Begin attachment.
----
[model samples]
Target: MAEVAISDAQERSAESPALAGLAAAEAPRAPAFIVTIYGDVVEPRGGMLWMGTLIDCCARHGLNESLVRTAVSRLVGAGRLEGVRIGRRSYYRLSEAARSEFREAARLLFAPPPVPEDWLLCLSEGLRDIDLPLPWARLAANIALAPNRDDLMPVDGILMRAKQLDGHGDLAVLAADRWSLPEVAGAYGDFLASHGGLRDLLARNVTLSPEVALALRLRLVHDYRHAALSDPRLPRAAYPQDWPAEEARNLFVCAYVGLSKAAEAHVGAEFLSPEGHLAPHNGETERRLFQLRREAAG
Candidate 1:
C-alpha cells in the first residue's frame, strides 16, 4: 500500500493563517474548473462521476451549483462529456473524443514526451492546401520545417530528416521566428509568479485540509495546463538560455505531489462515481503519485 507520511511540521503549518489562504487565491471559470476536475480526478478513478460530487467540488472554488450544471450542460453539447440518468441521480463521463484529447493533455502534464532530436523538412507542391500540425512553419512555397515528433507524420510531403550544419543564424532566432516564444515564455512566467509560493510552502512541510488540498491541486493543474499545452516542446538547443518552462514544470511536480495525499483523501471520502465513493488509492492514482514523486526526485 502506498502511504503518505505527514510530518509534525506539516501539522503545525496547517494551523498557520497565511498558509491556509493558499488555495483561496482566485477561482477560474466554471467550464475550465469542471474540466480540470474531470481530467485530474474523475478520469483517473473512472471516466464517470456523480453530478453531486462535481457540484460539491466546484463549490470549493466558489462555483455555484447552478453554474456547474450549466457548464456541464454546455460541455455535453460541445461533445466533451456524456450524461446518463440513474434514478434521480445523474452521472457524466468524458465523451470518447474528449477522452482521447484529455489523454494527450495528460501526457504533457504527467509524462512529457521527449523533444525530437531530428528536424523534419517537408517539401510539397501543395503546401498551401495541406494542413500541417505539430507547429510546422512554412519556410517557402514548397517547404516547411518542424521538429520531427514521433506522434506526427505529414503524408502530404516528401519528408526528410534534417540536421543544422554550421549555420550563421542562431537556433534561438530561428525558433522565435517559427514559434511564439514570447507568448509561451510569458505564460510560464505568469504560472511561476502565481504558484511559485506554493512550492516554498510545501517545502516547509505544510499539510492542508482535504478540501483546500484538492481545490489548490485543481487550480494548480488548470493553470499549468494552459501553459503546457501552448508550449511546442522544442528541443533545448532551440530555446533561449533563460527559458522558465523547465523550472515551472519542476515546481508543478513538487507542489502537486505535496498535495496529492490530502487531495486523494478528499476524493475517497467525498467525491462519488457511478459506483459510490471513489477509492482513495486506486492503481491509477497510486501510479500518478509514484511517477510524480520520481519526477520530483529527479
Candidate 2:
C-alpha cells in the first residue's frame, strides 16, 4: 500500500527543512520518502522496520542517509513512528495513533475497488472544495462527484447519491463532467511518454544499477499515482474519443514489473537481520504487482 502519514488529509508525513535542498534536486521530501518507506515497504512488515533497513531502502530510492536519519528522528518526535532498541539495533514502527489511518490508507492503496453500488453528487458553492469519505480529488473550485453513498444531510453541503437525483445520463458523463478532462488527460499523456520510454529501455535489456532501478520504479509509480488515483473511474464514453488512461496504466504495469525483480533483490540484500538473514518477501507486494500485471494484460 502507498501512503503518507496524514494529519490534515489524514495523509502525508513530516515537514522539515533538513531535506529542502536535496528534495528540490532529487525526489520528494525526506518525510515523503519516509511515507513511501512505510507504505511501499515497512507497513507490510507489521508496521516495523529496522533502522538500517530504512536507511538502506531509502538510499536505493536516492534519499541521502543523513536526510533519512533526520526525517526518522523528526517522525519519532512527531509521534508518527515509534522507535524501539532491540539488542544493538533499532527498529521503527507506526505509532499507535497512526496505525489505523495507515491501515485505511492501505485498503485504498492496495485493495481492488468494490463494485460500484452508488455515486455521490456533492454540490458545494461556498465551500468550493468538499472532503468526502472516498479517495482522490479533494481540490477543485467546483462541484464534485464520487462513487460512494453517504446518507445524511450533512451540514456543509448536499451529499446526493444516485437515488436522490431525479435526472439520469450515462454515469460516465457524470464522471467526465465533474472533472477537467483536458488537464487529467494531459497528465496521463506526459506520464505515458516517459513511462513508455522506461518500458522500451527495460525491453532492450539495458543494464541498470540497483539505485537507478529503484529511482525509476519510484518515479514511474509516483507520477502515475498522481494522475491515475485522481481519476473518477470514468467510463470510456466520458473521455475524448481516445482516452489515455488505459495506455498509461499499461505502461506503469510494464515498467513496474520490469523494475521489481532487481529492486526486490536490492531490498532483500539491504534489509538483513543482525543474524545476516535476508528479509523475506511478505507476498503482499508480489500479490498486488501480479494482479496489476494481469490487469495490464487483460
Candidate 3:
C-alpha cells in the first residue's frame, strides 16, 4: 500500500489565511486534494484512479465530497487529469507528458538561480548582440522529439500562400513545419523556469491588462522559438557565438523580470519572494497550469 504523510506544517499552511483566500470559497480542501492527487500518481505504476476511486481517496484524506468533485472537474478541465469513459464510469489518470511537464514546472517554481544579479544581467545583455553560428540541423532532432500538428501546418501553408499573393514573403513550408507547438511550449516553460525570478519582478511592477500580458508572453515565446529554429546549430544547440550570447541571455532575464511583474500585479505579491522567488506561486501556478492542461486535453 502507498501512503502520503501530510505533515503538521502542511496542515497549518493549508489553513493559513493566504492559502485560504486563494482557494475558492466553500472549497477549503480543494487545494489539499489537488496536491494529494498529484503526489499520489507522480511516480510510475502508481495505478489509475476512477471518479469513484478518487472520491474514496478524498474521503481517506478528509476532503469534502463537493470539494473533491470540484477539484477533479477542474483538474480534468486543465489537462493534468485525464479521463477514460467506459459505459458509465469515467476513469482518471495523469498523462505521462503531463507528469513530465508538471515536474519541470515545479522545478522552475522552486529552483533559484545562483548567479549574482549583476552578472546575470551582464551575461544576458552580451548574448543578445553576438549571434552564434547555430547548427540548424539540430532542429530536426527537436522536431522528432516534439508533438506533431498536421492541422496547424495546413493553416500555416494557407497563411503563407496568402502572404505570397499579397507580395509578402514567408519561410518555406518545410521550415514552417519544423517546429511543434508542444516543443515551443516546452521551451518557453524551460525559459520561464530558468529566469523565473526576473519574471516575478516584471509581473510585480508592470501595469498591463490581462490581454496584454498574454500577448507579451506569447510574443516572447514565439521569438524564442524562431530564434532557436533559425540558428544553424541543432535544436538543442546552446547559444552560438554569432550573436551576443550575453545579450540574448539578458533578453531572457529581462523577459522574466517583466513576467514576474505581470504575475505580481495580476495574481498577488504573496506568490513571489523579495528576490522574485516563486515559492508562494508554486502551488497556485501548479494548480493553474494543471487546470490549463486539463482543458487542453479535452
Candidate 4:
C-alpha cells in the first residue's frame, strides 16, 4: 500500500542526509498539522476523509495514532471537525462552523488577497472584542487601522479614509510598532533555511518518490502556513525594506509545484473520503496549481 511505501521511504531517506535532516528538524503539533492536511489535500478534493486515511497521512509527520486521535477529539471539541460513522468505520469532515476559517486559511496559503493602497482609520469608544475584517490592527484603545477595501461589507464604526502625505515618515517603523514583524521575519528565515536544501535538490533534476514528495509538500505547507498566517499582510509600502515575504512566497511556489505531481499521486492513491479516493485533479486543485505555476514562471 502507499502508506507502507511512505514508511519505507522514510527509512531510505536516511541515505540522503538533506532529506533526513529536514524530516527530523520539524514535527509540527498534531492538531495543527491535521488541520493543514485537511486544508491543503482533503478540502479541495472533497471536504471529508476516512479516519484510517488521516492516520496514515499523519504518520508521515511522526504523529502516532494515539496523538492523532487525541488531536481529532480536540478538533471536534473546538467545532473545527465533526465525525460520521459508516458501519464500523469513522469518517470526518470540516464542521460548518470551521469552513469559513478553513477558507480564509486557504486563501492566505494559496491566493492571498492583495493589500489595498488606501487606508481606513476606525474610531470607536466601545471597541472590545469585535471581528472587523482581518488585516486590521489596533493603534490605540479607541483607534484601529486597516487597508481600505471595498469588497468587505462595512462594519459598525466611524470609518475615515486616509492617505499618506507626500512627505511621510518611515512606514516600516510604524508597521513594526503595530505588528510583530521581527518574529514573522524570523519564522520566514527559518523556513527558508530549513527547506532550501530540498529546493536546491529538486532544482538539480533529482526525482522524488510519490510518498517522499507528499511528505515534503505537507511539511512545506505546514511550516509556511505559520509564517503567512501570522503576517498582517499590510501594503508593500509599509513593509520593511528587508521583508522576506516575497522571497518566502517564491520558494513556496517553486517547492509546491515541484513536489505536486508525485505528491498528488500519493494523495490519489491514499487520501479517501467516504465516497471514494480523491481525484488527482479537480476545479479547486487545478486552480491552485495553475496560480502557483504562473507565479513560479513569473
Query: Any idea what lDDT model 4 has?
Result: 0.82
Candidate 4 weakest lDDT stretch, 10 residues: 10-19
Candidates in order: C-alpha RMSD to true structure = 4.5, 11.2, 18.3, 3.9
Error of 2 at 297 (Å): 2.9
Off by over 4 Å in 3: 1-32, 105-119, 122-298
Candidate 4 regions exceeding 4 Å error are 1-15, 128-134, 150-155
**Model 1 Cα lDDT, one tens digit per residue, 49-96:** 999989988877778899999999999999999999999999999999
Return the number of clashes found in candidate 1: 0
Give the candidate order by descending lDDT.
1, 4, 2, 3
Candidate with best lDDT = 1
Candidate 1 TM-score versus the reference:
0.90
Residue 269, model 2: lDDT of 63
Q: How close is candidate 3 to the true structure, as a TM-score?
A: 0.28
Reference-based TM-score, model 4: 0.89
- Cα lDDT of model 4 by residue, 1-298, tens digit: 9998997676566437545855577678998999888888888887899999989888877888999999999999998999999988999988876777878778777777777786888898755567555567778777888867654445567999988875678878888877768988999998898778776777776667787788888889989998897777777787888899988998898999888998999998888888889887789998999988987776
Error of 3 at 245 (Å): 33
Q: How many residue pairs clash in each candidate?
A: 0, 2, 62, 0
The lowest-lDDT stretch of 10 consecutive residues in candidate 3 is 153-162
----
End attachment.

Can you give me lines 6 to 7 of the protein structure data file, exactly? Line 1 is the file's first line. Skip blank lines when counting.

C-alpha cells in the first residue's frame, strides 16, 4: 500500500527543512520518502522496520542517509513512528495513533475497488472544495462527484447519491463532467511518454544499477499515482474519443514489473537481520504487482 502519514488529509508525513535542498534536486521530501518507506515497504512488515533497513531502502530510492536519519528522528518526535532498541539495533514502527489511518490508507492503496453500488453528487458553492469519505480529488473550485453513498444531510453541503437525483445520463458523463478532462488527460499523456520510454529501455535489456532501478520504479509509480488515483473511474464514453488512461496504466504495469525483480533483490540484500538473514518477501507486494500485471494484460 502507498501512503503518507496524514494529519490534515489524514495523509502525508513530516515537514522539515533538513531535506529542502536535496528534495528540490532529487525526489520528494525526506518525510515523503519516509511515507513511501512505510507504505511501499515497512507497513507490510507489521508496521516495523529496522533502522538500517530504512536507511538502506531509502538510499536505493536516492534519499541521502543523513536526510533519512533526520526525517526518522523528526517522525519519532512527531509521534508518527515509534522507535524501539532491540539488542544493538533499532527498529521503527507506526505509532499507535497512526496505525489505523495507515491501515485505511492501505485498503485504498492496495485493495481492488468494490463494485460500484452508488455515486455521490456533492454540490458545494461556498465551500468550493468538499472532503468526502472516498479517495482522490479533494481540490477543485467546483462541484464534485464520487462513487460512494453517504446518507445524511450533512451540514456543509448536499451529499446526493444516485437515488436522490431525479435526472439520469450515462454515469460516465457524470464522471467526465465533474472533472477537467483536458488537464487529467494531459497528465496521463506526459506520464505515458516517459513511462513508455522506461518500458522500451527495460525491453532492450539495458543494464541498470540497483539505485537507478529503484529511482525509476519510484518515479514511474509516483507520477502515475498522481494522475491515475485522481481519476473518477470514468467510463470510456466520458473521455475524448481516445482516452489515455488505459495506455498509461499499461505502461506503469510494464515498467513496474520490469523494475521489481532487481529492486526486490536490492531490498532483500539491504534489509538483513543482525543474524545476516535476508528479509523475506511478505507476498503482499508480489500479490498486488501480479494482479496489476494481469490487469495490464487483460
Candidate 3: